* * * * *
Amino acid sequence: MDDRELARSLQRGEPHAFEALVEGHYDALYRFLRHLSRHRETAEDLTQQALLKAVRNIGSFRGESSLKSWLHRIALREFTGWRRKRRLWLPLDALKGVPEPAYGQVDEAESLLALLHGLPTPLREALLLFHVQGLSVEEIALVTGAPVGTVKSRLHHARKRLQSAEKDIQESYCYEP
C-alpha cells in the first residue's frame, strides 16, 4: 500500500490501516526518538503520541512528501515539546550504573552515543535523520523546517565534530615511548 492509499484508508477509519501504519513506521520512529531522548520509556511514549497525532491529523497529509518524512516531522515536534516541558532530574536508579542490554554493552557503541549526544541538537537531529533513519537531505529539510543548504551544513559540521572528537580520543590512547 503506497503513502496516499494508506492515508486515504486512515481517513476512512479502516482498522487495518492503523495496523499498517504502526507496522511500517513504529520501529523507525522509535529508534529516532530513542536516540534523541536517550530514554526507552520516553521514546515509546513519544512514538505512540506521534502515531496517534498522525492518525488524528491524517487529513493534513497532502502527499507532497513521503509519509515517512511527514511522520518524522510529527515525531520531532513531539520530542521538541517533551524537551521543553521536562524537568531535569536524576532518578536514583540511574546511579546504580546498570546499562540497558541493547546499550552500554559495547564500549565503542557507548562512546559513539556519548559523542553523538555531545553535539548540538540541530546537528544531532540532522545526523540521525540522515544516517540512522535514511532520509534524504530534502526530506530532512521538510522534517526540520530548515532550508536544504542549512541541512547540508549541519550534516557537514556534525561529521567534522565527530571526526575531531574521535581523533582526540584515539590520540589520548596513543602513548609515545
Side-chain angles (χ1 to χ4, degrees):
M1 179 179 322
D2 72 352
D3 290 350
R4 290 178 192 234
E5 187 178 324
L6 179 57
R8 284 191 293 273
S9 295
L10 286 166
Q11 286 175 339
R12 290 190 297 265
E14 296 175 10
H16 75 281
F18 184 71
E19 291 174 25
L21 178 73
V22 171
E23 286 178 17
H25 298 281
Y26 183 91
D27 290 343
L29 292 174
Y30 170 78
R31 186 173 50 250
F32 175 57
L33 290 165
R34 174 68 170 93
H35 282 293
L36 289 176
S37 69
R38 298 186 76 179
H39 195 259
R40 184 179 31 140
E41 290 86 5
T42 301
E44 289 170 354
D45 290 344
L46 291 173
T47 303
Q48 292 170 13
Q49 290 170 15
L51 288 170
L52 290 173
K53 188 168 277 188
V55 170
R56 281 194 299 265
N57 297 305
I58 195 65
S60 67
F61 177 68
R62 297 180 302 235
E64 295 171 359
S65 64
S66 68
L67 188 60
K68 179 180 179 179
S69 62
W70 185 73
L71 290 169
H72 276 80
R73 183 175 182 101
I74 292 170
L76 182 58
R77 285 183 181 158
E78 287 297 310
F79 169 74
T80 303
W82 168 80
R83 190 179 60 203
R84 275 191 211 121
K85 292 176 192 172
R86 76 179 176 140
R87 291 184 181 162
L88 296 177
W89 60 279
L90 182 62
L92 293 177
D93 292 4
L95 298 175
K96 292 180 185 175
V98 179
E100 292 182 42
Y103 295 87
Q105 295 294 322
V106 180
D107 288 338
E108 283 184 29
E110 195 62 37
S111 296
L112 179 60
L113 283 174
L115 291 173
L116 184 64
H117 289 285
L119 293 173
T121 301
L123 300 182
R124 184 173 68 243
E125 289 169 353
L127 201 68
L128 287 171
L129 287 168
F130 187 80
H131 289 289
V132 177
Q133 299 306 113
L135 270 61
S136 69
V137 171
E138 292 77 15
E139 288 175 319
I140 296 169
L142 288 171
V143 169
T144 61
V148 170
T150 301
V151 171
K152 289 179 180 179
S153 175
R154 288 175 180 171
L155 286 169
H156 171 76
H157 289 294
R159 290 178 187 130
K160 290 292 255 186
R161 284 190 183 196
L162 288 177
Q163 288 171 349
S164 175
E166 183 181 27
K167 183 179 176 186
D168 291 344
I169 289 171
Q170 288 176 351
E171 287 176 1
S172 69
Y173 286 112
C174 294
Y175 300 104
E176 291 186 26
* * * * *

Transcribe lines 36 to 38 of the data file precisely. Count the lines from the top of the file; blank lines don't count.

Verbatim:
R40 184 179 31 140
E41 290 86 5
T42 301